Featured Plants

 

A Fine Time for Columbine

Columbine’s showy late spring blooms may look intimidating to first-time gardeners, but have no fear! This wildflower is one hardy native that’s impressive, low-maintenance and can grow in almost any region in the country.

 

A Heap of Praise for Hepatica

While blustery spring winds blow, hardy, beautiful Hepatica perseveres! This lovely little plant can create a sea of early color no matter what weather Mother Nature throws its way – which is why it’s our author’s favorite early spring bloomer!

 

Arkansas Blue Star: An Amazing Native

Arkansas blue star has the durability of the best natives combined with the grace and charm of a refined perennial. It offers interest year-round, including pretty springtime blooms and amazing fall color. (Yet despite its beauty, the deer seem to avoid it!)

 

Athyrium filix-femina: a Fern Fit for a Lady (and Shady Garden)

Looking for a hardy native fern for those shady spaces in your garden? Athyrium filix-femina – or ladyfern – is an easy-to-grow beauty worth trying. Learn more about this frilly perennial fern, including how to propagate it to expand your collection.

 

Baby Blue Eyes: A Great California Wildflower

Baby blue eyes is one of California’s most beautiful native wildflowers. Sow the seed now, and you can enjoy the benefits come spring.

 

Everything’s Better With Bluebonnets on It!

Looking for a loyal spring bloomer? Lovely lupines grow just about anywhere in the US, come in a rainbow of colors (including many shades of blue), have few pest and disease issues, and reseed themselves for wonderful patches of early season beauty year after year after year! Just seed in fall and enjoy in spring!

 

Five Fantastic Natives for Your Northwest Garden

Perennials native to the Pacific Northwest offer great garden diversity, from subtle greens to brilliant yellows, sun to shade, and wet to dry soils. No matter where you live in the region, one of these beauties is bound to work in your garden.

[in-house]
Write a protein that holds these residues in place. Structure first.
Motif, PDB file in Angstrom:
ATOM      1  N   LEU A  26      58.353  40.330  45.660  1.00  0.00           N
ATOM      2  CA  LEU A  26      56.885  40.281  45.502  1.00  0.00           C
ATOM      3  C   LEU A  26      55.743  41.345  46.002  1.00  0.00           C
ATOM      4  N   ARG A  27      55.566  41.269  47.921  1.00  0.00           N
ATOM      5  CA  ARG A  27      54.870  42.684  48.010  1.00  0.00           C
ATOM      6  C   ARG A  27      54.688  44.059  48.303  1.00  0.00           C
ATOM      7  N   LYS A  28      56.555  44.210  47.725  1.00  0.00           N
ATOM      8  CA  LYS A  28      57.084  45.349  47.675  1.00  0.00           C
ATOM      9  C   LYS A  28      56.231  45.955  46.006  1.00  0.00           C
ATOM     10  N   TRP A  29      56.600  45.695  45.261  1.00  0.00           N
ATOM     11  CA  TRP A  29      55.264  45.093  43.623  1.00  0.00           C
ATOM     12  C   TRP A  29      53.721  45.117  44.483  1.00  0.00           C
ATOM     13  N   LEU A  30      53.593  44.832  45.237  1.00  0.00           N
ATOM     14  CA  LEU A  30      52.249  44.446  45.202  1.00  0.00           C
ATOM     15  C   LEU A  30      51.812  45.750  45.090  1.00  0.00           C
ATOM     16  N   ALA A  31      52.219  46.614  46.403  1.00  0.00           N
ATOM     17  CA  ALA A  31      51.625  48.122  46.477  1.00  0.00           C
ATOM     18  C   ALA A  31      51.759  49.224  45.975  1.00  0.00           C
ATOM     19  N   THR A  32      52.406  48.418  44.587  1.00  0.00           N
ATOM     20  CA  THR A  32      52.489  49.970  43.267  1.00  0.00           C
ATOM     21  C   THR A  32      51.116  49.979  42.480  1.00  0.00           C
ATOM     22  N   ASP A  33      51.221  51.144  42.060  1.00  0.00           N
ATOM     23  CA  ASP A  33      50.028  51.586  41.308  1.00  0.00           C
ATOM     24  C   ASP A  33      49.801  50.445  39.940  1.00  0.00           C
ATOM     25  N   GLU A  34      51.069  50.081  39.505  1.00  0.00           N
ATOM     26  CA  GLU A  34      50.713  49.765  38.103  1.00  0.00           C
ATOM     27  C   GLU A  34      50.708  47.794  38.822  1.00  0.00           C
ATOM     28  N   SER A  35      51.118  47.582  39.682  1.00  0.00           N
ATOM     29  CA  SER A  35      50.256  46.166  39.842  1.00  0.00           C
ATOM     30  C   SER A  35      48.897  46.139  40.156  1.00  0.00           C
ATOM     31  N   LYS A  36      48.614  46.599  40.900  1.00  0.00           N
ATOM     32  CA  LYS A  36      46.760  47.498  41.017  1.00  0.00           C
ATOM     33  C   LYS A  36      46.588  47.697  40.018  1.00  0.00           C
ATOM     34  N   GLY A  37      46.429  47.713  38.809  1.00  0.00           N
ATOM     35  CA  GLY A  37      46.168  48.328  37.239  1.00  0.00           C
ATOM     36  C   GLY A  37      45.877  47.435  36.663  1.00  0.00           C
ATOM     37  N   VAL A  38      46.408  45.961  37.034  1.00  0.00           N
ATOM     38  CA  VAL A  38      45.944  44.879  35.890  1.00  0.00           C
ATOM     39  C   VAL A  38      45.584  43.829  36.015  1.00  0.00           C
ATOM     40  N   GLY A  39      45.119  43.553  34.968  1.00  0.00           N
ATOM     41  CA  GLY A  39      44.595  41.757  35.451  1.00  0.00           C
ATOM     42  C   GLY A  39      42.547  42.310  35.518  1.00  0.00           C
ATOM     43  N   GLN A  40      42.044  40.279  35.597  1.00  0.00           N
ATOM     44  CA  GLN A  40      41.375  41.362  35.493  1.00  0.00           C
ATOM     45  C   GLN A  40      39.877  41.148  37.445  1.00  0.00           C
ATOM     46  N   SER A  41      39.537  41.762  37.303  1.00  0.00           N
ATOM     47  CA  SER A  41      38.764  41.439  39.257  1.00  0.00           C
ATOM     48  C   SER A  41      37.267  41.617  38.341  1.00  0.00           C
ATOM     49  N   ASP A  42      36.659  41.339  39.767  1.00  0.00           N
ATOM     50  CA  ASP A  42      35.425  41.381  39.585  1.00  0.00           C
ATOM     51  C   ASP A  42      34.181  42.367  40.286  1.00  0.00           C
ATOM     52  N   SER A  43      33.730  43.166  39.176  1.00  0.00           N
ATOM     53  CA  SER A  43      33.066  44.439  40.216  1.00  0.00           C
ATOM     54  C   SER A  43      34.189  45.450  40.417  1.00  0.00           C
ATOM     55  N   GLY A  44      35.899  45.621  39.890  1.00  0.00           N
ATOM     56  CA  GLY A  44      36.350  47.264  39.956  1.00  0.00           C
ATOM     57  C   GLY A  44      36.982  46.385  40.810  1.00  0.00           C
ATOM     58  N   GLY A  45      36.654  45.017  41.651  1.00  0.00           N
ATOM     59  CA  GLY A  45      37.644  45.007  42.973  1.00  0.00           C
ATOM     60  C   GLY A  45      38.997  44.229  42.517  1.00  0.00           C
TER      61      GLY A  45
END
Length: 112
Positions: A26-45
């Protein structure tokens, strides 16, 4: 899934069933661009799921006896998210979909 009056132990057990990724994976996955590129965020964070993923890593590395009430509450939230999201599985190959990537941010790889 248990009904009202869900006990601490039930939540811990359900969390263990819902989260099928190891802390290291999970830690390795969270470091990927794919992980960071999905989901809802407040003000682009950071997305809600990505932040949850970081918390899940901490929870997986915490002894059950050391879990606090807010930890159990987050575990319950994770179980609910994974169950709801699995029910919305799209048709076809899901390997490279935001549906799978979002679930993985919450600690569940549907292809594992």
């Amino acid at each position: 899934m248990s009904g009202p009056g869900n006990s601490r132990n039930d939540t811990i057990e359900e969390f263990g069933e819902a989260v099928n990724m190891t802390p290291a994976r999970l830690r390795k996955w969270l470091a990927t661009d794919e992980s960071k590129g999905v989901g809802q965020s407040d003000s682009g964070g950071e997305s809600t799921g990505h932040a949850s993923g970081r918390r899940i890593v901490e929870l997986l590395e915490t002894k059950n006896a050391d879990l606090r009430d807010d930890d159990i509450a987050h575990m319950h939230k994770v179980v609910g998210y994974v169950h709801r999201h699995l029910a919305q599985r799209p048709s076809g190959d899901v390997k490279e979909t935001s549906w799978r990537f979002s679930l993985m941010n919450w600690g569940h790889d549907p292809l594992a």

Five Great Natives of the Great Southwest

It’s hard to choose the best native plants of the vast southwestern US, but here are five that are outstanding in color, form and landscape performance.

 

Five Texas Natives Lady Bird Loved

The late Lady Bird Johnson believed in making America a more beautiful place. Here are five ever-popular Texas wildflowers she surely would’ve liked to see more widely grown.

 

For the Love of Iris

Pacific Coast iris is one of the easiest – and most dramatic – West Coast native plants to grow in a garden (especially useful under live oaks).

 

Franklin Tree: Planting History

Our nation’s history has been shaped thanks to amazing men and women, great events, the pursuit of happiness, liberty and justice…and a little tree.

 

Got Milkweed?

Milkweeds are easy-to-grow plants that offer butterflies habitat, while bringing fantastic color and terrific fragrance to your garden.

 

Hop on the Yaupon (It’s Thornless!)

Despite it’s “pukey” Latin name, Ilex vomitoria is a pretty holly that has good drought tolerance, grows in a wide variety of soil types and isn’t commonly bothered by pests. Give this attractive native plant a try, and feel good about it!

 

Joe-Pye Weed: Tall, Bold and Handsome

Joe-Pye Weed is one of the largest herbaceous perennials used in the landscape. If given enough room and kept well-watered during summer, its grand size and pollinator-attracting blooms will allow this beautiful, tall, purple wildflower to shine.

 

Lone Star Natives: Tall on Appeal

The plant diversity of the Lone Star State means there’s a lot to choose from when it comes to gardening with natives. Here are five of the most popular Texas plants that work well in many parts of the country.

 

Nifty Northwest Natives

The Pacific Northwest offers so many wonderful native plants, it’s pretty hard to choose a favorite. (But Lane Greer, one of our horticulture experts, gives it a try!)

 

Nutty for California Natives

Gardening in California can be tough, with dry summers and wet winters wreaking havoc on needy landscapes. So why not try incorporating some native plants recommended by Learn2Grow’s own Dirt Diva? These low-maintenance beauties can help carry your garden through even the toughest conditions Mother Nature doles out.

 

Pledging Allegiance to Summer-Blooming Natives

Summer calls for rockets’ red glare, “liberty” bells and blue fireworks. Grow your own with native summer-blooming perennials!

 

Shady Garden? Don’t Forget Your Bishop’s Cap!

Shady woodland spots need special plants to cope with the unique conditions. Bishop’s cap is a wonderfully behaved, beautiful groundcover that simply lights up these spots with delicate flowers each spring.

 

Wild Ginger: A Tough Native Groundcover

Whether you’re interested in woodland gardens or just have a tough shady spot in your yard that’s calling for help, wild ginger may be the plant for you. It’s lush, green leaves work hard to fill in difficult areas and make your garden shine all season long!

 

Wild Sweet William: A Good Guy for Spring

Woodland wildflowers add special beauty to the garden, especially in early spring. Used along a path or mixed with other early wildflowers, wild sweet William proves to be a garden gem that shines – even in shade.

Regional Gardening Tips

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